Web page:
During the past two decades, the world scientific community has witnessed major achievements in our understanding of the pathogenesis of HIV infection of the nervous system and HIV-Associated Dementia (HAD). Despite these giant gains, nervous system involvement during AIDS remains a relentlessly progressive disease with a deadly fate in many cases. This book on NeuroAIDS provides a unique resource for both general neurologists as well as basic neuroscientists with profound interests for research on NeuroAIDS. This book has special emphasis on the mechanisms of disease development and progression of HIV-infected patients with NeuroAIDS. The contributors have provided the readers with comprehensive reviews on clinical manifestations of HAD, mechanisms of HIV entry into the central nervous system, the role of cytokines and chemokines in pathogenesis of NeuroAIDS, drug abuse and NeuroAIDS, virus load in HAD, allostasis in HIV and AIDS, stroke in AIDS patients, and neuroimaging of HIV infection of the central nervous system. In addition, there are chapters on Varicella Zoster virus infection of HIV-seropositive and AIDS patients, as well as the molecular basis for opioids and AIDS virus interactions.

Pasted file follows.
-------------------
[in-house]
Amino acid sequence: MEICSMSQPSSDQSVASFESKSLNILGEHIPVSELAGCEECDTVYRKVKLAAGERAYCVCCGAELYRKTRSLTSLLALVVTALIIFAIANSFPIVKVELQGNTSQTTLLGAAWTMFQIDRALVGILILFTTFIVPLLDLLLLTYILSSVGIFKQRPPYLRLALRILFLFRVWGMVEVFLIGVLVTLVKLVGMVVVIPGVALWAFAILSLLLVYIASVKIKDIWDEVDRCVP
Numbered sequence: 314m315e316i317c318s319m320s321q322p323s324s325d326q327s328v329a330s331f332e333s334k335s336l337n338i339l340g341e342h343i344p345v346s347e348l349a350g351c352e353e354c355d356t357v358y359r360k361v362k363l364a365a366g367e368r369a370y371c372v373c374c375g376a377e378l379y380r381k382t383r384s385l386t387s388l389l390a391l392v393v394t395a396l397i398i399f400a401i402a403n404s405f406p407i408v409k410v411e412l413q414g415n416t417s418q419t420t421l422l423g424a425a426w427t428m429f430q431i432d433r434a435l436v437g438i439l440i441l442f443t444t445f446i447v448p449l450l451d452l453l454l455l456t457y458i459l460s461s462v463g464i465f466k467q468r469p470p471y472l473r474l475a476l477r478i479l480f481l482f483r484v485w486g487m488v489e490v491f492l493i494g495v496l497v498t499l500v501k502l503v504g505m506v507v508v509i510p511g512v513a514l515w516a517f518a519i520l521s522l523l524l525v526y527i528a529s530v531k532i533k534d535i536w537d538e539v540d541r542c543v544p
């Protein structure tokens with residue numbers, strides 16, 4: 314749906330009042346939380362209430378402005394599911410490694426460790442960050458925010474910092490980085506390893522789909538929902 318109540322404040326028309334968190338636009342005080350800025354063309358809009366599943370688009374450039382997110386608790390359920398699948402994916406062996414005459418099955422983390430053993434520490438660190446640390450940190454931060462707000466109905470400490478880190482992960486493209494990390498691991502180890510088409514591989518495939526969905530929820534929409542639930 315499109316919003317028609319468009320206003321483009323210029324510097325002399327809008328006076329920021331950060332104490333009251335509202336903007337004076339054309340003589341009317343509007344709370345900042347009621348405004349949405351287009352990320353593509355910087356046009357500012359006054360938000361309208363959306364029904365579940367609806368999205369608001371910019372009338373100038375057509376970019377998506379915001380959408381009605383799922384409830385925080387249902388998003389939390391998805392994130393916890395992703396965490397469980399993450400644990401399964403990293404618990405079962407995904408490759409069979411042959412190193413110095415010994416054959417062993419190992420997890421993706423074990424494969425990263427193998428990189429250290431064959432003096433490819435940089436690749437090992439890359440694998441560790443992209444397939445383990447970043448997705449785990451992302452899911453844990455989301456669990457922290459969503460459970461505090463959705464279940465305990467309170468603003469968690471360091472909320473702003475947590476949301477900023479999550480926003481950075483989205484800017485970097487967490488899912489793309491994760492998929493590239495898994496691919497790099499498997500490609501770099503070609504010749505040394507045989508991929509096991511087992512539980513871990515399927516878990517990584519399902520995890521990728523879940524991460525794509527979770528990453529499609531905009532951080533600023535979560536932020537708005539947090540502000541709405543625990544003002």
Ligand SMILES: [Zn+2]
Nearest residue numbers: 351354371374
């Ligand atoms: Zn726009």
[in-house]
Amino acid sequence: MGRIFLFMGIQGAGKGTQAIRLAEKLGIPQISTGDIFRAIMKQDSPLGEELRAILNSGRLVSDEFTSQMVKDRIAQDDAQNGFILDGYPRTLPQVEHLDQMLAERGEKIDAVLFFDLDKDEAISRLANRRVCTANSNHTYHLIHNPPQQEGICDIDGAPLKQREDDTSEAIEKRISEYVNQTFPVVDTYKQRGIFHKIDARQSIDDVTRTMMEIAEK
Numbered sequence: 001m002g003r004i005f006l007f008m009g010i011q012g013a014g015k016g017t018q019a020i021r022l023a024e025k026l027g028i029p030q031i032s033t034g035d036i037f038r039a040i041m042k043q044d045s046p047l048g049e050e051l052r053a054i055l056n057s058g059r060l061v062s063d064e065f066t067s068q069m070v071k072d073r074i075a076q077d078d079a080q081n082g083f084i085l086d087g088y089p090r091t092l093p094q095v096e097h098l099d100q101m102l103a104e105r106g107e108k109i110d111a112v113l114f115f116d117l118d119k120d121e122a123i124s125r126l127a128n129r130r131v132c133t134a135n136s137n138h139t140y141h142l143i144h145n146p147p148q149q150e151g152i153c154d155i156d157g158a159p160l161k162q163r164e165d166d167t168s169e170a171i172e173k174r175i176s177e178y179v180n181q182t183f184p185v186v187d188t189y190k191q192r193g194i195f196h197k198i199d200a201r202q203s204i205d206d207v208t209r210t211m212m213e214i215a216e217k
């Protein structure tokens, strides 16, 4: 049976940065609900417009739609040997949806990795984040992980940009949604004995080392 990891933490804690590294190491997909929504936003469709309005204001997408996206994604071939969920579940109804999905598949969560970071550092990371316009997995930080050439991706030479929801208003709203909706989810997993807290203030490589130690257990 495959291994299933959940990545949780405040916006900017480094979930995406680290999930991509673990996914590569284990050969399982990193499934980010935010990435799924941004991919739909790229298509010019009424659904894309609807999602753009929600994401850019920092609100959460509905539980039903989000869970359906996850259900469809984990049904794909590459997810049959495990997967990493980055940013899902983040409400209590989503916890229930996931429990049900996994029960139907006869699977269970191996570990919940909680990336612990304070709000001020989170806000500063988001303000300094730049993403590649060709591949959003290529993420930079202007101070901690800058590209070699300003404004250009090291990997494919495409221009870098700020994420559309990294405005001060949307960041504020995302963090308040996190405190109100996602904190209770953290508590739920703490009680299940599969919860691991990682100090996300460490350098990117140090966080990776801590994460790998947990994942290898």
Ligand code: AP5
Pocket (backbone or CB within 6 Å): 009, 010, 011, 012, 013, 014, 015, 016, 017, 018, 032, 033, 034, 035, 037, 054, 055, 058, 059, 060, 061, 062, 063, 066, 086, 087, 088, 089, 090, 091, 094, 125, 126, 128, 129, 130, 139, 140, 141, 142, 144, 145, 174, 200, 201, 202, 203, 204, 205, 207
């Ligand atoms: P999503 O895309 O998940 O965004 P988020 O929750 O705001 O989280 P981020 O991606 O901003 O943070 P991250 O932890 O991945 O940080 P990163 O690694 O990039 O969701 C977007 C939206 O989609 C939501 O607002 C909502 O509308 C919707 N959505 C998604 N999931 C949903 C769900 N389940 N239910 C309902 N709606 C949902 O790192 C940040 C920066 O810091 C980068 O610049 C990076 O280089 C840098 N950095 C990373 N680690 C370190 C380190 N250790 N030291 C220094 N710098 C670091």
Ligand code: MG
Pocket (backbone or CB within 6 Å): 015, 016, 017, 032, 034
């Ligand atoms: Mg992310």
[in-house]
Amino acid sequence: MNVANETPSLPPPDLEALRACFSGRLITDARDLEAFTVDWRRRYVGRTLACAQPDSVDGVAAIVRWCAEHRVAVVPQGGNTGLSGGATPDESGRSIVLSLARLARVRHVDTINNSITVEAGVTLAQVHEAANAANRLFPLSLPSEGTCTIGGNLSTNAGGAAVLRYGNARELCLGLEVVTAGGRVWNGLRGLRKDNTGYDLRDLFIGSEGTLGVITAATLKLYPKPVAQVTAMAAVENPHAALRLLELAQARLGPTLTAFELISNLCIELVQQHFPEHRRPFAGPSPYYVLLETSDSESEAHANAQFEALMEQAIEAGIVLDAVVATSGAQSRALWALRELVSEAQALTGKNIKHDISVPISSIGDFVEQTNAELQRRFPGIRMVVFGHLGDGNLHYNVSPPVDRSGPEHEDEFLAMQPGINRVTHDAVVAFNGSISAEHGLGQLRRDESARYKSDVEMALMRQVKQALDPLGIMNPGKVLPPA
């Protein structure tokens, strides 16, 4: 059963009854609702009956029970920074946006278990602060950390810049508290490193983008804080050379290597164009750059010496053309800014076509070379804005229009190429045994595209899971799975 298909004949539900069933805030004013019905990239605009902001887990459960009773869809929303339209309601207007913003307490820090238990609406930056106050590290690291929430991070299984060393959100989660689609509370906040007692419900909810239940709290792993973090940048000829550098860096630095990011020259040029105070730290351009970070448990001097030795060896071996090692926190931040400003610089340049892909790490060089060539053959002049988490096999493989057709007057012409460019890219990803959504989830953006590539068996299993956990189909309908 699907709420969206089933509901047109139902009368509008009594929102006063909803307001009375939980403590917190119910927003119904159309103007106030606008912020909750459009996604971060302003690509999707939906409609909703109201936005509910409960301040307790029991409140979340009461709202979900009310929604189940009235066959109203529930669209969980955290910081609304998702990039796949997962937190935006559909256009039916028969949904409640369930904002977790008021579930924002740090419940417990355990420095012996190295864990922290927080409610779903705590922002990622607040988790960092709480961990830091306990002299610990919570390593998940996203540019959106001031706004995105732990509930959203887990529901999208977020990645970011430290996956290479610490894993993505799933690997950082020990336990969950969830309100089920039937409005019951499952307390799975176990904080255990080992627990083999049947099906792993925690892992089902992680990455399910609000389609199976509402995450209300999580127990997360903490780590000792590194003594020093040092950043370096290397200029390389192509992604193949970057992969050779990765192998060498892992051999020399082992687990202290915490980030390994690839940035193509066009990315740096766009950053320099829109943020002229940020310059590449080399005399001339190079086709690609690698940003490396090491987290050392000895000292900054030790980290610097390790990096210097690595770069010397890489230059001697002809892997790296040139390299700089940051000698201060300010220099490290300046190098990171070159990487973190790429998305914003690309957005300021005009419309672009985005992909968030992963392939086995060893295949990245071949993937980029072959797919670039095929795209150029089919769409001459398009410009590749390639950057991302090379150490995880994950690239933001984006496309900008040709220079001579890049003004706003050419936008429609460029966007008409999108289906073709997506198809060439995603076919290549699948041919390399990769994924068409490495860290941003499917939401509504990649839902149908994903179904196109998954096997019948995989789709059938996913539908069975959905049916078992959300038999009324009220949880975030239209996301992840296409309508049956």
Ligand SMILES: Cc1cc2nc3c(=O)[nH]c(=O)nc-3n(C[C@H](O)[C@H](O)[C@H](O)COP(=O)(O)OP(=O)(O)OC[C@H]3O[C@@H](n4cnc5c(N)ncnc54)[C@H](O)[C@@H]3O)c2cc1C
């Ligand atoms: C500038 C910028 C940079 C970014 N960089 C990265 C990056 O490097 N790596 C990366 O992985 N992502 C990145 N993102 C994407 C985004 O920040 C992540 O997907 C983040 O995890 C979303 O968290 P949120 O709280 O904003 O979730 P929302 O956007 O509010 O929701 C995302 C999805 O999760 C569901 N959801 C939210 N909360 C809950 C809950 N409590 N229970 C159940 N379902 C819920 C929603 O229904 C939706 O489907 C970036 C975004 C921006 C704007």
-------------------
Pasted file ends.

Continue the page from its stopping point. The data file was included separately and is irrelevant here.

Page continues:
|Author||: Institute of Medicine,Board on Global Health,Committee on Nervous System Disorders in Developing Countries|
|Publisher||: National Academies Press|
|Release Date||: 2001-01-01|
|ISBN 10||: 9780309170932|
|Pages||: 458 pages|
Brain disordersâ€"neurological, psychiatric, and developmentalâ€"now affect at least 250 million people in the developing world, and this number is expected to rise as life expectancy increases. Yet public and private health systems in developing countries have paid relatively little attention to brain disorders. The negative attitudes, prejudice, and stigma that often surround many of these disorders have contributed to this neglect. Lacking proper diagnosis and treatment, millions of individual lives are lost to disability and death. Such conditions exact both personal and economic costs on families, communities, and nations. The report describes the causes and risk factors associated with brain disorders. It focuses on six representative brain disorders that are prevalent in developing countries: developmental disabilities, epilepsy, schizophrenia, bipolar disorder, depression, and stroke. The report makes detailed recommendations of ways to reduce the toll exacted by these six disorders. In broader strokes, the report also proposes six major strategies toward reducing the overall burden of brain disorders in the developing world.